So...you're moving to New York and want to be head over heels in love with your neighborhood. Where to go?
That depends entirely on what type of person you are.
Artists - DUMBO
There are loads of wacky acronyms for New York areas (SoHo, TriBeCa, FiDi), but DUMBO surely gets the prize for effort. It stands for Down Under the Manhattan Bridge Overpass (and you're right, the 'Overpass' isn't strictly necessary).
DUMBO is the first Brooklyn neighborhood you'll reach when you cross the Brooklyn Bridge, and it's a pretty awesome place to live if you're an artist. As well as daily inspiration from the fantastic view of the Manhattan skyline, there are all sorts of converted warehouses in which to live - making it feel like you're in a real artist's studio.
You won't be the first artist to look for a room to rent in the area either: loads of creative agencies and professionals have moved here recently, and there are more than enough galleries to keep you going until you're next in Chelsea (which is pretty easy to get to on the subway).
Students - East Village
It feels like the East Village was built especially for students, for two reasons: happy hours and hippy organic stuff. The savings made from the daily happy hours can help to fund all the hemp clothing, organic tea and protest-march placards you'll no doubt need to buy from the many rainbow-colored, incense-heavy stores in the vicinity.
What else does the East Village have to offer? Location. Unless you ever want to travel to the Upper West Side (in which case you're a student mom going on a playdate), you can easily get anywhere in the city by foot or subway. There's also a surprising community feeling. The East Village is markedly different from neighboring areas like upscale SoHo and villagey Greenwich Village and the residents seem to share a bond and - shock horror - actually smile at each other in the street.
Foodies - Williamsburg
To be honest, if you're a foodie and you're living in New York you're doing pretty well for yourself already. Every neighborhood in the city is chock-a-block with five-star restaurants and fantastic diners, supermarkets and food markets to suit all budgets.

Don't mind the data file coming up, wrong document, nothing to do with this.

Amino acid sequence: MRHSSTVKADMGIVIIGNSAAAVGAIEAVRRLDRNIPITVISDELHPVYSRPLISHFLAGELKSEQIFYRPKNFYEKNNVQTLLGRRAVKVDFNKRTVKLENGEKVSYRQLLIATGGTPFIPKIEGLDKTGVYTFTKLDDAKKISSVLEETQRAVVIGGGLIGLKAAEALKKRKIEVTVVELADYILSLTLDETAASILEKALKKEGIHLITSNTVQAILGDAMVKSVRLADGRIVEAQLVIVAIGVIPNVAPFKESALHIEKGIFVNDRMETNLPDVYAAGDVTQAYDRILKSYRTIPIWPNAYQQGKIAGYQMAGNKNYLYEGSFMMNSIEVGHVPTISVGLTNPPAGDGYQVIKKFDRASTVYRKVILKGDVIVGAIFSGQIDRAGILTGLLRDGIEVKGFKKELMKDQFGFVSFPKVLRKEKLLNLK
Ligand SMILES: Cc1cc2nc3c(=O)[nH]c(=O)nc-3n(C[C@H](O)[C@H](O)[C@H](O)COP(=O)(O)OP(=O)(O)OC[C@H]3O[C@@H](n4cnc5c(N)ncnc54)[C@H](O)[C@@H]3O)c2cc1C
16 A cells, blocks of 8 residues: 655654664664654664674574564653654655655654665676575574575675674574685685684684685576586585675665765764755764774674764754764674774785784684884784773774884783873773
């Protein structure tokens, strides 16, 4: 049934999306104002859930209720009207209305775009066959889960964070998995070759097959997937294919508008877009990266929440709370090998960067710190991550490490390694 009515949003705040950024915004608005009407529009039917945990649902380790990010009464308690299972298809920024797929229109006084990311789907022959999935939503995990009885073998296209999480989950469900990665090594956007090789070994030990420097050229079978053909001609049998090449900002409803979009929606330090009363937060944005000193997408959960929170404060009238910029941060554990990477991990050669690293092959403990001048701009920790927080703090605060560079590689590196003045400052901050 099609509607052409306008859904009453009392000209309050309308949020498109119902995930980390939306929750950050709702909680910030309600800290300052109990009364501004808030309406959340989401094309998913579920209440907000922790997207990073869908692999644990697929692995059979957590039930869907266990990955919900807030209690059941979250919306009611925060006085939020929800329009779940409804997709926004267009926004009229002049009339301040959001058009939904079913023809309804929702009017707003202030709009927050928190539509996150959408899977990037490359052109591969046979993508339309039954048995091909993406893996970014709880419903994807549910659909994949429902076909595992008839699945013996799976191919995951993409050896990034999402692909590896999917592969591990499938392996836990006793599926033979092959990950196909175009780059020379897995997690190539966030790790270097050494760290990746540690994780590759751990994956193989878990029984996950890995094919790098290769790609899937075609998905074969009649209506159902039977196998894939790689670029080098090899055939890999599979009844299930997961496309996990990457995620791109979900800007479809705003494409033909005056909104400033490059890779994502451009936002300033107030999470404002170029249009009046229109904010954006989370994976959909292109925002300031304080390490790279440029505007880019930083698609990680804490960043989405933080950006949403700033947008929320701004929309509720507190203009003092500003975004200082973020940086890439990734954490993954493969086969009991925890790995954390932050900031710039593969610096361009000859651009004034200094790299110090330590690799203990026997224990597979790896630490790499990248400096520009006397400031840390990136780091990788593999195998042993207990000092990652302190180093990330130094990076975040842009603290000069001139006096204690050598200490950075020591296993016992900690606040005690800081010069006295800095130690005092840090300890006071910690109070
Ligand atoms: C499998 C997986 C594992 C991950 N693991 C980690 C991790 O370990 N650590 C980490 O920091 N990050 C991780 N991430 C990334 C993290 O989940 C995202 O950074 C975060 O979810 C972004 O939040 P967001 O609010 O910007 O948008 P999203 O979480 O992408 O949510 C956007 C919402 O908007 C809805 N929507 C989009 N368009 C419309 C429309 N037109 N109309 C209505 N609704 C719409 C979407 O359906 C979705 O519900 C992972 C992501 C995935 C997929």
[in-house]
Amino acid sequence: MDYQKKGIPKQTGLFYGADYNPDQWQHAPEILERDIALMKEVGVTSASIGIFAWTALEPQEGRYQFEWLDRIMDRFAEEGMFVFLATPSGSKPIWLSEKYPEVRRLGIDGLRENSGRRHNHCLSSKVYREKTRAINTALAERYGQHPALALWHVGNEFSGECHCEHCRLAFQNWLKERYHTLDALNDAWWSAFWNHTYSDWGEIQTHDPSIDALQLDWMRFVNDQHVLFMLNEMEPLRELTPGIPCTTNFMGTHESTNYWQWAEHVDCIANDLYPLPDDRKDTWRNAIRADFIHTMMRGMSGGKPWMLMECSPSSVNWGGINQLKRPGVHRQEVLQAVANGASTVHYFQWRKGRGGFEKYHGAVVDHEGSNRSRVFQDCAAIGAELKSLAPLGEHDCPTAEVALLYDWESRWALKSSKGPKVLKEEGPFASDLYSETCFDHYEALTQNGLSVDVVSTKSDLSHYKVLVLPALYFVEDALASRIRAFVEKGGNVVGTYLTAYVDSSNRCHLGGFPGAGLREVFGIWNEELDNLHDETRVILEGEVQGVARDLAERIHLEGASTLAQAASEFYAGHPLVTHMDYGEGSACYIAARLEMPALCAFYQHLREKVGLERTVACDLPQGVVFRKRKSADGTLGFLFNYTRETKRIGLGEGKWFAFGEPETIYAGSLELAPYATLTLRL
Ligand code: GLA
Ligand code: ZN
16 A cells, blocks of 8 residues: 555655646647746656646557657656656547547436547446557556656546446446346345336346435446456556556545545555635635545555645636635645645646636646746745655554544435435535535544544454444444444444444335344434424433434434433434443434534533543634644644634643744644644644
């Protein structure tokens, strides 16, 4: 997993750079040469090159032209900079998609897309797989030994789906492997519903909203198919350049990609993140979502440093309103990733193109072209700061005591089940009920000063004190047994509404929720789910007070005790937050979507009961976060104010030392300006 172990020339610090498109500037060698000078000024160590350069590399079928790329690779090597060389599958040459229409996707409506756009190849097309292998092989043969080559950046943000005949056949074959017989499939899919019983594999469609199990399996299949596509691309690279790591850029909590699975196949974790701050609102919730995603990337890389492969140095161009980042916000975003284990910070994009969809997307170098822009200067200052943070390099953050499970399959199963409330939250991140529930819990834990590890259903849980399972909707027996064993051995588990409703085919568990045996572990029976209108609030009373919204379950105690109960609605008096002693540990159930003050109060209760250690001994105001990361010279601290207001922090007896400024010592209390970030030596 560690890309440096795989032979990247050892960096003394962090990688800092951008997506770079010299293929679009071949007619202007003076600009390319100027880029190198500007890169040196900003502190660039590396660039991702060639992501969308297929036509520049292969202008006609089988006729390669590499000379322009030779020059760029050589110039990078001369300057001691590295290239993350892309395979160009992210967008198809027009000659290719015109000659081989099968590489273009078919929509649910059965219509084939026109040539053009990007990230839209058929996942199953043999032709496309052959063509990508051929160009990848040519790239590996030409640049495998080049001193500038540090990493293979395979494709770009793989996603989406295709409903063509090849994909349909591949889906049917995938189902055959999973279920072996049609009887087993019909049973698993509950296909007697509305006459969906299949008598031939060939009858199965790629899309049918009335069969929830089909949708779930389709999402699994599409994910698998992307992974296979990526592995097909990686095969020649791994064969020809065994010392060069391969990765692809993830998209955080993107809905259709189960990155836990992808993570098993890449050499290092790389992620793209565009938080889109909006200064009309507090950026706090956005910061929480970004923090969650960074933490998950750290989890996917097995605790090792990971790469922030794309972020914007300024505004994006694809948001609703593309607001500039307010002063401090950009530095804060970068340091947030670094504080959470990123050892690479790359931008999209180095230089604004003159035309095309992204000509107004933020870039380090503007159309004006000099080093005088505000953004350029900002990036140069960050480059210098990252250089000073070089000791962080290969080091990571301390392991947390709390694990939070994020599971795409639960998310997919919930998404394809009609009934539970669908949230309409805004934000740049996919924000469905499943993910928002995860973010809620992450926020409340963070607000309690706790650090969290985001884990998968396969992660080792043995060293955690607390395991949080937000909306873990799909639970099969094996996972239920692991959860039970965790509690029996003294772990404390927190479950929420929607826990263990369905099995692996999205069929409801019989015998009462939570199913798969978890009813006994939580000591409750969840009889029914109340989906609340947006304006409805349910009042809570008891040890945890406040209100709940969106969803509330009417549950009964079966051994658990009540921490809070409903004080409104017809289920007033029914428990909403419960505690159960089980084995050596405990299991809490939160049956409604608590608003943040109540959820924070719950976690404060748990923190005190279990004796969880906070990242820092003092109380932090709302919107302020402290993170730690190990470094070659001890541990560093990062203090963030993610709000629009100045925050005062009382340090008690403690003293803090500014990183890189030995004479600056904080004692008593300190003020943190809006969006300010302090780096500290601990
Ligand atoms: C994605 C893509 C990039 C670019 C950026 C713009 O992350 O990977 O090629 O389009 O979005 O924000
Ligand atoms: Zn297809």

But if we had to pick just one place, we'd go for... Williamsburg. Yes, Williamsburg - known for its hipsters, indie rockers and tortured poets. Turns out they're also into damn good food: some of the most highly acclaimed new eateries in recent years are based here, and even non-residents are prepared to schlep across town to eat in them. There are also loads of great food markets and independent food stores.
Young professionals - TriBeCa
Sure you want somewhere trendy and crammed full of clubs for partying the post-work night away. Sure you want somewhere with amazing restaurants for dates and meals with your friends. Sure you want to be near a ton of high-end stores where your new, grown up wage pays for tissue-wrapped dresses and monogrammed shirts.
But let's be honest here: your top priority is an easy journey to work - where you can leave the apartment at 5.45am and be chained to your desk by 6 on the dot. And work is probably somewhere downtown - like the Financial District. So you should live in TriBeCa. Because the commute will be easy, there are enough restaurants and bars to keep you happy, and you'll be able to get to sleep at night because everyone else here either works your hours or has young kids. (If you really are a burning the candle at both ends kinda person you might want to reconsider and go someplace a bit more lively).
And there you have it! If you aren't an artist, student, foodie or young professional, let us know and we'll add some more suggestions.